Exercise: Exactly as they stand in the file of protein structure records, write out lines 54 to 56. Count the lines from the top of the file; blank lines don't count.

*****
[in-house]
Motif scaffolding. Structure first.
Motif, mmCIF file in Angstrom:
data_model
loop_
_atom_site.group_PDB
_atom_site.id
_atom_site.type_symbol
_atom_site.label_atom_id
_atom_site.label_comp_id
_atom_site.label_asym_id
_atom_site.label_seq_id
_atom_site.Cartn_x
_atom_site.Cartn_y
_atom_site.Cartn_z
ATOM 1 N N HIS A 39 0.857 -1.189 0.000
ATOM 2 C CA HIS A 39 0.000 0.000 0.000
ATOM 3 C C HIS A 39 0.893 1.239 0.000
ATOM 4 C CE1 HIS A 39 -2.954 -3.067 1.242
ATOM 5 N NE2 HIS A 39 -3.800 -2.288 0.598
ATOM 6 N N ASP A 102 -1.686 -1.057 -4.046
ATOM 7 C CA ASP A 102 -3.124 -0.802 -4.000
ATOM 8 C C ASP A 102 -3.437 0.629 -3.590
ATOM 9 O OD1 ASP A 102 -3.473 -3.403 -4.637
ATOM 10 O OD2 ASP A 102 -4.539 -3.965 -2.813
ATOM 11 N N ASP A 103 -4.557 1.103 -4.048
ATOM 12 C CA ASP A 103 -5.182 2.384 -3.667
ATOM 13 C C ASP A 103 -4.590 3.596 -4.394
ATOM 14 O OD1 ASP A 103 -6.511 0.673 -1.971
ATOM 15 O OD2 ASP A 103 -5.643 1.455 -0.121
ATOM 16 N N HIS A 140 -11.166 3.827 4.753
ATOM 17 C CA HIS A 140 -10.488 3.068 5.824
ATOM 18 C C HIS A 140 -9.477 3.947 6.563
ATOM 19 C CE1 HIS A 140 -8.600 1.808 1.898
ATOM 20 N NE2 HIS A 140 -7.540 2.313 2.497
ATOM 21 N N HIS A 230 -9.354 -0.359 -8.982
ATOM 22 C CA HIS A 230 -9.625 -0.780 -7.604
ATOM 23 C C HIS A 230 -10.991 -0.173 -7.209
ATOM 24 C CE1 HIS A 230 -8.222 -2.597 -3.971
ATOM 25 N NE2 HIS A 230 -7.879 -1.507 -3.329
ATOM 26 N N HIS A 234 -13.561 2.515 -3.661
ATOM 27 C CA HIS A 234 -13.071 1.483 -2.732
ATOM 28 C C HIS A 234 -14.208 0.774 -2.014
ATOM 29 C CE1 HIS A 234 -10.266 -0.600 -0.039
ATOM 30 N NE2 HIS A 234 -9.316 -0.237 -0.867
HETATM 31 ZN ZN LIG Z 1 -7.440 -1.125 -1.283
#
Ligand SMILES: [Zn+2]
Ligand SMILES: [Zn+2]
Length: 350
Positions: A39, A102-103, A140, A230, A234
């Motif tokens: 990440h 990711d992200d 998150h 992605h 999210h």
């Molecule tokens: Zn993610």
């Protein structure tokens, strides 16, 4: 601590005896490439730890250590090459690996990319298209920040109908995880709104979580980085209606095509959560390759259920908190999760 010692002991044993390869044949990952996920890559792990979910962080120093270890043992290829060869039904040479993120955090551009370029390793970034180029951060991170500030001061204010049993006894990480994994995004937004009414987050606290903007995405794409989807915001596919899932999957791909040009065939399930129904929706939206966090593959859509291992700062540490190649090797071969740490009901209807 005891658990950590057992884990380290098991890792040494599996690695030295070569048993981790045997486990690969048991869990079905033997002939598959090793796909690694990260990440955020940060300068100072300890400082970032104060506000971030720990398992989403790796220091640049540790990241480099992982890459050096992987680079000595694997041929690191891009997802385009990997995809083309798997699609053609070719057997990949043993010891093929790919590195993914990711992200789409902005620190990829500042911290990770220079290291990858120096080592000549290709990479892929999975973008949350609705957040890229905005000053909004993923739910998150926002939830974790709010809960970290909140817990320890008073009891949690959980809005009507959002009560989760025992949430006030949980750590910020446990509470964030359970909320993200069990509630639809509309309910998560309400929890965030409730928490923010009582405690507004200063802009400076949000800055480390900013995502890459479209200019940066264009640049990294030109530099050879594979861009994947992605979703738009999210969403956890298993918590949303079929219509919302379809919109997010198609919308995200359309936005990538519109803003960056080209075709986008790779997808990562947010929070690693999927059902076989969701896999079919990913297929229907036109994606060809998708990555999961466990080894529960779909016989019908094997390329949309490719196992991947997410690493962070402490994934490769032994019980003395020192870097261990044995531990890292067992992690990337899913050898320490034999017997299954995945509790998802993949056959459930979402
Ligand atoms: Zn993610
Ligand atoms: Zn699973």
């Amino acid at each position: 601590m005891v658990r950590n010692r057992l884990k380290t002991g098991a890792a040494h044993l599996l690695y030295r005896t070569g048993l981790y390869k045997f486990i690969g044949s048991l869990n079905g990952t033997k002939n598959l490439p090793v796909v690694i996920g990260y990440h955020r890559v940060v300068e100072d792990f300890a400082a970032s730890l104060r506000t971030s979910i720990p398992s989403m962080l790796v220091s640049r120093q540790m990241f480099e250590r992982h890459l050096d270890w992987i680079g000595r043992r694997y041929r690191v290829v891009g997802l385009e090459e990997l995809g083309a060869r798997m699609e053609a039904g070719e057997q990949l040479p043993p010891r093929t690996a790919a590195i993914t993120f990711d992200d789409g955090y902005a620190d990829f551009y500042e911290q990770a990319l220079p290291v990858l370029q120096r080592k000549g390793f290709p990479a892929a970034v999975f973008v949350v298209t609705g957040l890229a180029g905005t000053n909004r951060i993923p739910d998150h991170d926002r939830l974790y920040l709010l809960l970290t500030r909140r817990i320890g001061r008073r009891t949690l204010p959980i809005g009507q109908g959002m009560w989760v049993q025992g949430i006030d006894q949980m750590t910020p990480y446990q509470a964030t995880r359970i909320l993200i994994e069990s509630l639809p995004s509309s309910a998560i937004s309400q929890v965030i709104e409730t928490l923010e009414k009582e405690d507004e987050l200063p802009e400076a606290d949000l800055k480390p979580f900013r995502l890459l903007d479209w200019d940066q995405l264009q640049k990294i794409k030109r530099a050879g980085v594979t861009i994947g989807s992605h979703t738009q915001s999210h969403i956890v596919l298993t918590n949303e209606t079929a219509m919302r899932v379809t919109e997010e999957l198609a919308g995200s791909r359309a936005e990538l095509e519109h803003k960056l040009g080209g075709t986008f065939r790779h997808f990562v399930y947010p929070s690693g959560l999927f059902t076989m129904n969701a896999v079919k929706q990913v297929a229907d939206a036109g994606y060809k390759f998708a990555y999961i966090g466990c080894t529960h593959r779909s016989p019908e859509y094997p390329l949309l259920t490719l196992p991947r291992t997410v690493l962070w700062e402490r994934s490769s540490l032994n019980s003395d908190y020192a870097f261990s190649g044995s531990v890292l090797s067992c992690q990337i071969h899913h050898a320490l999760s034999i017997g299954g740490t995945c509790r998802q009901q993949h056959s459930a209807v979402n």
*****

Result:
């Protein structure tokens, strides 16, 4: 601590005896490439730890250590090459690996990319298209920040109908995880709104979580980085209606095509959560390759259920908190999760 010692002991044993390869044949990952996920890559792990979910962080120093270890043992290829060869039904040479993120955090551009370029390793970034180029951060991170500030001061204010049993006894990480994994995004937004009414987050606290903007995405794409989807915001596919899932999957791909040009065939399930129904929706939206966090593959859509291992700062540490190649090797071969740490009901209807 005891658990950590057992884990380290098991890792040494599996690695030295070569048993981790045997486990690969048991869990079905033997002939598959090793796909690694990260990440955020940060300068100072300890400082970032104060506000971030720990398992989403790796220091640049540790990241480099992982890459050096992987680079000595694997041929690191891009997802385009990997995809083309798997699609053609070719057997990949043993010891093929790919590195993914990711992200789409902005620190990829500042911290990770220079290291990858120096080592000549290709990479892929999975973008949350609705957040890229905005000053909004993923739910998150926002939830974790709010809960970290909140817990320890008073009891949690959980809005009507959002009560989760025992949430006030949980750590910020446990509470964030359970909320993200069990509630639809509309309910998560309400929890965030409730928490923010009582405690507004200063802009400076949000800055480390900013995502890459479209200019940066264009640049990294030109530099050879594979861009994947992605979703738009999210969403956890298993918590949303079929219509919302379809919109997010198609919308995200359309936005990538519109803003960056080209075709986008790779997808990562947010929070690693999927059902076989969701896999079919990913297929229907036109994606060809998708990555999961466990080894529960779909016989019908094997390329949309490719196992991947997410690493962070402490994934490769032994019980003395020192870097261990044995531990890292067992992690990337899913050898320490034999017997299954995945509790998802993949056959459930979402
Ligand atoms: Zn993610
Ligand atoms: Zn699973």